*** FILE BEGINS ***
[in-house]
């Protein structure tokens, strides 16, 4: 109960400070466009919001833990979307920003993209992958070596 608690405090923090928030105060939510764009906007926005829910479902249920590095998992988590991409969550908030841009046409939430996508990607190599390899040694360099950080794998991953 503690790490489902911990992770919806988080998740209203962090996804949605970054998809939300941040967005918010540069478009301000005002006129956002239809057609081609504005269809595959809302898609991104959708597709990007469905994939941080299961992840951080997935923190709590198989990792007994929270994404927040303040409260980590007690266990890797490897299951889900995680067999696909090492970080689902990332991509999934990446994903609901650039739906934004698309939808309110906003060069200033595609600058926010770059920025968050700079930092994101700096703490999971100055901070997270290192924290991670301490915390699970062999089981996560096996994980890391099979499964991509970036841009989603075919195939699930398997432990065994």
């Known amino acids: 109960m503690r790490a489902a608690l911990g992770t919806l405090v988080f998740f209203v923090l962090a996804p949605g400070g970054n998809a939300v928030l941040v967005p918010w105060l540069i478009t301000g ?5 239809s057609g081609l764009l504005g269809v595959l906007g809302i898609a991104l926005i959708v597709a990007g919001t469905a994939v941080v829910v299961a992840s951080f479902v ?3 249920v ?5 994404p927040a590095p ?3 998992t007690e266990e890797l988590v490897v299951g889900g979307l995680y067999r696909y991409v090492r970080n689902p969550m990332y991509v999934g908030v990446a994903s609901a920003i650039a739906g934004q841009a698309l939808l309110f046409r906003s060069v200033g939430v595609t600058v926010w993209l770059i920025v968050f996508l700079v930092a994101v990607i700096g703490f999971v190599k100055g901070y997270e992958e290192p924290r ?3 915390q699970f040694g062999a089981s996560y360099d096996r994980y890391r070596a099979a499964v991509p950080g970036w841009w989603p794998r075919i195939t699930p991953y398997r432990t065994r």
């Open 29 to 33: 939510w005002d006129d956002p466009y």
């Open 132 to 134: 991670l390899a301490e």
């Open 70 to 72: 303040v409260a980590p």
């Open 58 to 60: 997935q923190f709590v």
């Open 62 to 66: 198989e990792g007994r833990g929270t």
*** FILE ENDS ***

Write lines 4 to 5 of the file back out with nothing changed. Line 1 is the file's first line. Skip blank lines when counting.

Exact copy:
């Open 29 to 33: 939510w005002d006129d956002p466009y």
């Open 132 to 134: 991670l390899a301490e």